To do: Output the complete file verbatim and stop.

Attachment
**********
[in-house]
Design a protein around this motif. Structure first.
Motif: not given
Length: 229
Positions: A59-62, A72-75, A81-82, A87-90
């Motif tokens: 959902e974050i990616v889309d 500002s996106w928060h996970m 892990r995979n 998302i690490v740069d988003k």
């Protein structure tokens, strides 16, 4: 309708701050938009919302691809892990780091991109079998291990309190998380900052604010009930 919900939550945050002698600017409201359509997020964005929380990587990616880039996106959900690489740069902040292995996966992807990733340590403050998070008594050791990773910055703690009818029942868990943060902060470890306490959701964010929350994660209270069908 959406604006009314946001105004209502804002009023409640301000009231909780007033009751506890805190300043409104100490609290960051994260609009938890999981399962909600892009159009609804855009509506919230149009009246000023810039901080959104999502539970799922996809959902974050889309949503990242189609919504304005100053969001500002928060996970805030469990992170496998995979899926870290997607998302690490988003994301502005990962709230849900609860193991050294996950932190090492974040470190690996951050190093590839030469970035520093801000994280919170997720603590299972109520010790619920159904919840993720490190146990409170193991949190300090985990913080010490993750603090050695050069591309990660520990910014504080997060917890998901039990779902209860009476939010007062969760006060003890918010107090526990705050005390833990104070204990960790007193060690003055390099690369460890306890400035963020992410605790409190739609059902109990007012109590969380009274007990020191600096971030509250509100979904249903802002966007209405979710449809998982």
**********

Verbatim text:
[in-house]
Design a protein around this motif. Structure first.
Motif: not given
Length: 229
Positions: A59-62, A72-75, A81-82, A87-90
């Motif tokens: 959902e974050i990616v889309d 500002s996106w928060h996970m 892990r995979n 998302i690490v740069d988003k």
């Protein structure tokens, strides 16, 4: 309708701050938009919302691809892990780091991109079998291990309190998380900052604010009930 919900939550945050002698600017409201359509997020964005929380990587990616880039996106959900690489740069902040292995996966992807990733340590403050998070008594050791990773910055703690009818029942868990943060902060470890306490959701964010929350994660209270069908 959406604006009314946001105004209502804002009023409640301000009231909780007033009751506890805190300043409104100490609290960051994260609009938890999981399962909600892009159009609804855009509506919230149009009246000023810039901080959104999502539970799922996809959902974050889309949503990242189609919504304005100053969001500002928060996970805030469990992170496998995979899926870290997607998302690490988003994301502005990962709230849900609860193991050294996950932190090492974040470190690996951050190093590839030469970035520093801000994280919170997720603590299972109520010790619920159904919840993720490190146990409170193991949190300090985990913080010490993750603090050695050069591309990660520990910014504080997060917890998901039990779902209860009476939010007062969760006060003890918010107090526990705050005390833990104070204990960790007193060690003055390099690369460890306890400035963020992410605790409190739609059902109990007012109590969380009274007990020191600096971030509250509100979904249903802002966007209405979710449809998982």